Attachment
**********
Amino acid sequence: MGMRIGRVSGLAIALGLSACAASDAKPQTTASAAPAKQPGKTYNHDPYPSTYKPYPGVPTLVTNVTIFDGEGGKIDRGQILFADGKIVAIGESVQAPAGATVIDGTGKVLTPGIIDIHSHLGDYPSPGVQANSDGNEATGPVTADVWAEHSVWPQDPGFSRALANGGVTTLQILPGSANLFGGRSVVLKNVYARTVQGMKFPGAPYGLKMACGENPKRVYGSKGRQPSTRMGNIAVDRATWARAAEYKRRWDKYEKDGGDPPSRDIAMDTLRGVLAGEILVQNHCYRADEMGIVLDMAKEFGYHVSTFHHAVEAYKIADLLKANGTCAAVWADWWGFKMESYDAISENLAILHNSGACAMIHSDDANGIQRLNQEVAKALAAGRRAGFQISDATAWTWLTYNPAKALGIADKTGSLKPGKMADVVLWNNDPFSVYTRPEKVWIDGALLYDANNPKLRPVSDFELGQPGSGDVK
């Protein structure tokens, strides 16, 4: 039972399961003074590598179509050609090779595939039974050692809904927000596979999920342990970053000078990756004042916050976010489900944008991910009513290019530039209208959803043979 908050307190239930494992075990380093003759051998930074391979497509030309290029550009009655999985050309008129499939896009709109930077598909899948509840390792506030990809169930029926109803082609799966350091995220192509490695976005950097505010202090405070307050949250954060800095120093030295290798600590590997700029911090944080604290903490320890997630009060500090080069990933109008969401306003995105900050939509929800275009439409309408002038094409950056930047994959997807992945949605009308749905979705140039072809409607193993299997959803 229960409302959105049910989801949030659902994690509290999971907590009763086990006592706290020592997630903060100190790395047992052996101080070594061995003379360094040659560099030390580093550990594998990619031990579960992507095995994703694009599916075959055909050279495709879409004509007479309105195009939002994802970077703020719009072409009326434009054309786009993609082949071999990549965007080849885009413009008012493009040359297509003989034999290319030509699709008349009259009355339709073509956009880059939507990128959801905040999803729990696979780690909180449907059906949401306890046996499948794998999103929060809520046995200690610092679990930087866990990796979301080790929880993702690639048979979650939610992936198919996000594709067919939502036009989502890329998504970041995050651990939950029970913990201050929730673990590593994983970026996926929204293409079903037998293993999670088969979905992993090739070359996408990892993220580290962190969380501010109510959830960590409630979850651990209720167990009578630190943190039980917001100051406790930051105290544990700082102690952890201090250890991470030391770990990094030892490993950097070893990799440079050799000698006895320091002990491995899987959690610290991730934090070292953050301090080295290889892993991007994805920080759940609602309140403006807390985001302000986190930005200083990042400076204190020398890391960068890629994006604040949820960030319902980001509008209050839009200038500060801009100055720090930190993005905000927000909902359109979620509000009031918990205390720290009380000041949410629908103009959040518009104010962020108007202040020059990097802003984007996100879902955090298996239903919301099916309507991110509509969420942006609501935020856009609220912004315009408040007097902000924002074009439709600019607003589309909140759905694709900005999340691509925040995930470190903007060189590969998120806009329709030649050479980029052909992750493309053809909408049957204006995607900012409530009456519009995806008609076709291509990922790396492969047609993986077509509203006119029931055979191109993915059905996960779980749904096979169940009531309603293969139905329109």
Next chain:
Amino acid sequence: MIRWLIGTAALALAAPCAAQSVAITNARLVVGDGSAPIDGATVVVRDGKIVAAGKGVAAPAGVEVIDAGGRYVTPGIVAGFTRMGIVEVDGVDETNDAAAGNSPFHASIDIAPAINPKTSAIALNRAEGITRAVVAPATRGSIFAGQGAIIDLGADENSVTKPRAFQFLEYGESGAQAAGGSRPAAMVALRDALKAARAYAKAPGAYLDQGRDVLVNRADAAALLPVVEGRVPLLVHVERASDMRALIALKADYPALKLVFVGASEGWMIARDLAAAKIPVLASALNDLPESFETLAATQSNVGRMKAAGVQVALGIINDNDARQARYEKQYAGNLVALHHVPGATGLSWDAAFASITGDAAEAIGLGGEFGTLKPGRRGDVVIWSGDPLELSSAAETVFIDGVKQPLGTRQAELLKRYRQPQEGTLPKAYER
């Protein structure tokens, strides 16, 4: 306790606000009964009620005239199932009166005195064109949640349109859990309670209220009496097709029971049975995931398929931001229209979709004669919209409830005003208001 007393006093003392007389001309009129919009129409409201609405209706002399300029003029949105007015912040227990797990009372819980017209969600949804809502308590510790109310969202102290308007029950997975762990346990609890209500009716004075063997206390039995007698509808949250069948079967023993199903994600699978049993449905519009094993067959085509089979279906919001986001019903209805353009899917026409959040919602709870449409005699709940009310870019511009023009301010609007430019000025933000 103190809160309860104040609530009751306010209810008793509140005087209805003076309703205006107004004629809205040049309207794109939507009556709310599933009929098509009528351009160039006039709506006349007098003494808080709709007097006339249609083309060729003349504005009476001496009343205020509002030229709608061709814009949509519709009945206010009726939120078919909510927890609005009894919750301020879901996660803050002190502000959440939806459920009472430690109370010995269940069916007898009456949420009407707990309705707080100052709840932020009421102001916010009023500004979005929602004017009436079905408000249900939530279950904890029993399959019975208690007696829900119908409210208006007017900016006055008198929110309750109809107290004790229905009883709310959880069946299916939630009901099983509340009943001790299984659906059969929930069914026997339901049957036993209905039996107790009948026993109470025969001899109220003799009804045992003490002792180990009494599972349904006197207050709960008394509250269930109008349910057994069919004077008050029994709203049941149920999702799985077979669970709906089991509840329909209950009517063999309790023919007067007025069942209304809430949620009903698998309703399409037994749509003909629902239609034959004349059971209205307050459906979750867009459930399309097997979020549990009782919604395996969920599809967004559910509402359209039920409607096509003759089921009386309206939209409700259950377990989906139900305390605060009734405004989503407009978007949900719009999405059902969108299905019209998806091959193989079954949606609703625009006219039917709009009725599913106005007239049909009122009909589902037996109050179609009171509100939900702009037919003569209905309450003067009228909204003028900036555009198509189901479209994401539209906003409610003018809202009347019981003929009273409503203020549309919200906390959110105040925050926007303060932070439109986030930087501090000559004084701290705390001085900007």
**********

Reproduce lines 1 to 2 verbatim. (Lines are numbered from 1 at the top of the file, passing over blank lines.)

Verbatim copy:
Amino acid sequence: MGMRIGRVSGLAIALGLSACAASDAKPQTTASAAPAKQPGKTYNHDPYPSTYKPYPGVPTLVTNVTIFDGEGGKIDRGQILFADGKIVAIGESVQAPAGATVIDGTGKVLTPGIIDIHSHLGDYPSPGVQANSDGNEATGPVTADVWAEHSVWPQDPGFSRALANGGVTTLQILPGSANLFGGRSVVLKNVYARTVQGMKFPGAPYGLKMACGENPKRVYGSKGRQPSTRMGNIAVDRATWARAAEYKRRWDKYEKDGGDPPSRDIAMDTLRGVLAGEILVQNHCYRADEMGIVLDMAKEFGYHVSTFHHAVEAYKIADLLKANGTCAAVWADWWGFKMESYDAISENLAILHNSGACAMIHSDDANGIQRLNQEVAKALAAGRRAGFQISDATAWTWLTYNPAKALGIADKTGSLKPGKMADVVLWNNDPFSVYTRPEKVWIDGALLYDANNPKLRPVSDFELGQPGSGDVK
């Protein structure tokens, strides 16, 4: 039972399961003074590598179509050609090779595939039974050692809904927000596979999920342990970053000078990756004042916050976010489900944008991910009513290019530039209208959803043979 908050307190239930494992075990380093003759051998930074391979497509030309290029550009009655999985050309008129499939896009709109930077598909899948509840390792506030990809169930029926109803082609799966350091995220192509490695976005950097505010202090405070307050949250954060800095120093030295290798600590590997700029911090944080604290903490320890997630009060500090080069990933109008969401306003995105900050939509929800275009439409309408002038094409950056930047994959997807992945949605009308749905979705140039072809409607193993299997959803 229960409302959105049910989801949030659902994690509290999971907590009763086990006592706290020592997630903060100190790395047992052996101080070594061995003379360094040659560099030390580093550990594998990619031990579960992507095995994703694009599916075959055909050279495709879409004509007479309105195009939002994802970077703020719009072409009326434009054309786009993609082949071999990549965007080849885009413009008012493009040359297509003989034999290319030509699709008349009259009355339709073509956009880059939507990128959801905040999803729990696979780690909180449907059906949401306890046996499948794998999103929060809520046995200690610092679990930087866990990796979301080790929880993702690639048979979650939610992936198919996000594709067919939502036009989502890329998504970041995050651990939950029970913990201050929730673990590593994983970026996926929204293409079903037998293993999670088969979905992993090739070359996408990892993220580290962190969380501010109510959830960590409630979850651990209720167990009578630190943190039980917001100051406790930051105290544990700082102690952890201090250890991470030391770990990094030892490993950097070893990799440079050799000698006895320091002990491995899987959690610290991730934090070292953050301090080295290889892993991007994805920080759940609602309140403006807390985001302000986190930005200083990042400076204190020398890391960068890629994006604040949820960030319902980001509008209050839009200038500060801009100055720090930190993005905000927000909902359109979620509000009031918990205390720290009380000041949410629908103009959040518009104010962020108007202040020059990097802003984007996100879902955090298996239903919301099916309507991110509509969420942006609501935020856009609220912004315009408040007097902000924002074009439709600019607003589309909140759905694709900005999340691509925040995930470190903007060189590969998120806009329709030649050479980029052909992750493309053809909408049957204006995607900012409530009456519009995806008609076709291509990922790396492969047609993986077509509203006119029931055979191109993915059905996960779980749904096979169940009531309603293969139905329109």